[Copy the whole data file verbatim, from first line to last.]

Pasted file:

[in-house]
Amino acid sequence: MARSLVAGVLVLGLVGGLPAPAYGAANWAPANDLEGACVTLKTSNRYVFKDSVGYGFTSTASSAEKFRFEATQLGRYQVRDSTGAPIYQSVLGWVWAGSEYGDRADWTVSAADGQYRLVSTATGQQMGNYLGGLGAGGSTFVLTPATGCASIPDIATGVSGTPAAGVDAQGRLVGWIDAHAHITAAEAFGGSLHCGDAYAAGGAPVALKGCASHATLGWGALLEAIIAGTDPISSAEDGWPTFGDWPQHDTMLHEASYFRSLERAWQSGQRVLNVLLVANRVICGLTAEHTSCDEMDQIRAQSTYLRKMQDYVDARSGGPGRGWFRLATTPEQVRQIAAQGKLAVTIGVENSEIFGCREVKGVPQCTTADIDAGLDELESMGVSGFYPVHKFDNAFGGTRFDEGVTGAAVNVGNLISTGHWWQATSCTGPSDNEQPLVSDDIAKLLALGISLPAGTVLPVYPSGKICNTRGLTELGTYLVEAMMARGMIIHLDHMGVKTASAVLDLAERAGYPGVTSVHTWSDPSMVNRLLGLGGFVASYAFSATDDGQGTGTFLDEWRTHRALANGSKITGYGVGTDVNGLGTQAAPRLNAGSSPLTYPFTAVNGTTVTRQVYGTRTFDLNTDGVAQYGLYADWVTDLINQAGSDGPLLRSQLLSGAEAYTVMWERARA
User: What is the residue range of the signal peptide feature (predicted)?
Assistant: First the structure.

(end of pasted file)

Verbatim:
[in-house]
Amino acid sequence: MARSLVAGVLVLGLVGGLPAPAYGAANWAPANDLEGACVTLKTSNRYVFKDSVGYGFTSTASSAEKFRFEATQLGRYQVRDSTGAPIYQSVLGWVWAGSEYGDRADWTVSAADGQYRLVSTATGQQMGNYLGGLGAGGSTFVLTPATGCASIPDIATGVSGTPAAGVDAQGRLVGWIDAHAHITAAEAFGGSLHCGDAYAAGGAPVALKGCASHATLGWGALLEAIIAGTDPISSAEDGWPTFGDWPQHDTMLHEASYFRSLERAWQSGQRVLNVLLVANRVICGLTAEHTSCDEMDQIRAQSTYLRKMQDYVDARSGGPGRGWFRLATTPEQVRQIAAQGKLAVTIGVENSEIFGCREVKGVPQCTTADIDAGLDELESMGVSGFYPVHKFDNAFGGTRFDEGVTGAAVNVGNLISTGHWWQATSCTGPSDNEQPLVSDDIAKLLALGISLPAGTVLPVYPSGKICNTRGLTELGTYLVEAMMARGMIIHLDHMGVKTASAVLDLAERAGYPGVTSVHTWSDPSMVNRLLGLGGFVASYAFSATDDGQGTGTFLDEWRTHRALANGSKITGYGVGTDVNGLGTQAAPRLNAGSSPLTYPFTAVNGTTVTRQVYGTRTFDLNTDGVAQYGLYADWVTDLINQAGSDGPLLRSQLLSGAEAYTVMWERARA
User: What is the residue range of the signal peptide feature (predicted)?
Assistant: First the structure.